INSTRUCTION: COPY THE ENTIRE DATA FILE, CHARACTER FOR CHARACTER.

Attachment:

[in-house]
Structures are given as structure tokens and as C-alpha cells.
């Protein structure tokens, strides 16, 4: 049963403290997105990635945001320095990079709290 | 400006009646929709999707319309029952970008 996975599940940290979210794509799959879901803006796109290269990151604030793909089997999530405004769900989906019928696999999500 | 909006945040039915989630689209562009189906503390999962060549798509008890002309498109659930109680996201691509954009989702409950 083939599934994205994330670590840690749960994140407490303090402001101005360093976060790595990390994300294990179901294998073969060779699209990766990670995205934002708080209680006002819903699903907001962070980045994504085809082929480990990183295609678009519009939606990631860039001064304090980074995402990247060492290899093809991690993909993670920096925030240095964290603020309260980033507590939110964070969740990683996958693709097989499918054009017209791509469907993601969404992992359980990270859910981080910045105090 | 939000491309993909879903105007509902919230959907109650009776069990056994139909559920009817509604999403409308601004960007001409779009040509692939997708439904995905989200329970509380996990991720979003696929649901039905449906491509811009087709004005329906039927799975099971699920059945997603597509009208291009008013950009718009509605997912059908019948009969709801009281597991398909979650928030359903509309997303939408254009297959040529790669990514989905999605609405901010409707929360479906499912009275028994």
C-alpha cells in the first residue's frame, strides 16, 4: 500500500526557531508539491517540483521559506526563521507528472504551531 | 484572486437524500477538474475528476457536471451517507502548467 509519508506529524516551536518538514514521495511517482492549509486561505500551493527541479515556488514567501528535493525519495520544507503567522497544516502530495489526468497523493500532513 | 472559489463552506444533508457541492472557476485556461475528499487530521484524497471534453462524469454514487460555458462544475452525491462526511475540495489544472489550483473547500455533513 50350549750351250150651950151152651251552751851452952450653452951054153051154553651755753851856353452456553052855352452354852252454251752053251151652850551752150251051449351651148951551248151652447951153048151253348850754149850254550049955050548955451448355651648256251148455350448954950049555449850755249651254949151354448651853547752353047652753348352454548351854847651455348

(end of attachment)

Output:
[in-house]
Structures are given as structure tokens and as C-alpha cells.
């Protein structure tokens, strides 16, 4: 049963403290997105990635945001320095990079709290 | 400006009646929709999707319309029952970008 996975599940940290979210794509799959879901803006796109290269990151604030793909089997999530405004769900989906019928696999999500 | 909006945040039915989630689209562009189906503390999962060549798509008890002309498109659930109680996201691509954009989702409950 083939599934994205994330670590840690749960994140407490303090402001101005360093976060790595990390994300294990179901294998073969060779699209990766990670995205934002708080209680006002819903699903907001962070980045994504085809082929480990990183295609678009519009939606990631860039001064304090980074995402990247060492290899093809991690993909993670920096925030240095964290603020309260980033507590939110964070969740990683996958693709097989499918054009017209791509469907993601969404992992359980990270859910981080910045105090 | 939000491309993909879903105007509902919230959907109650009776069990056994139909559920009817509604999403409308601004960007001409779009040509692939997708439904995905989200329970509380996990991720979003696929649901039905449906491509811009087709004005329906039927799975099971699920059945997603597509009208291009008013950009718009509605997912059908019948009969709801009281597991398909979650928030359903509309997303939408254009297959040529790669990514989905999605609405901010409707929360479906499912009275028994």
C-alpha cells in the first residue's frame, strides 16, 4: 500500500526557531508539491517540483521559506526563521507528472504551531 | 484572486437524500477538474475528476457536471451517507502548467 509519508506529524516551536518538514514521495511517482492549509486561505500551493527541479515556488514567501528535493525519495520544507503567522497544516502530495489526468497523493500532513 | 472559489463552506444533508457541492472557476485556461475528499487530521484524497471534453462524469454514487460555458462544475452525491462526511475540495489544472489550483473547500455533513 50350549750351250150651950151152651251552751851452952450653452951054153051154553651755753851856353452456553052855352452354852252454251752053251151652850551752150251051449351651148951551248151652447951153048151253348850754149850254550049955050548955451448355651648256251148455350448954950049555449850755249651254949151354448651853547752353047652753348352454548351854847651455348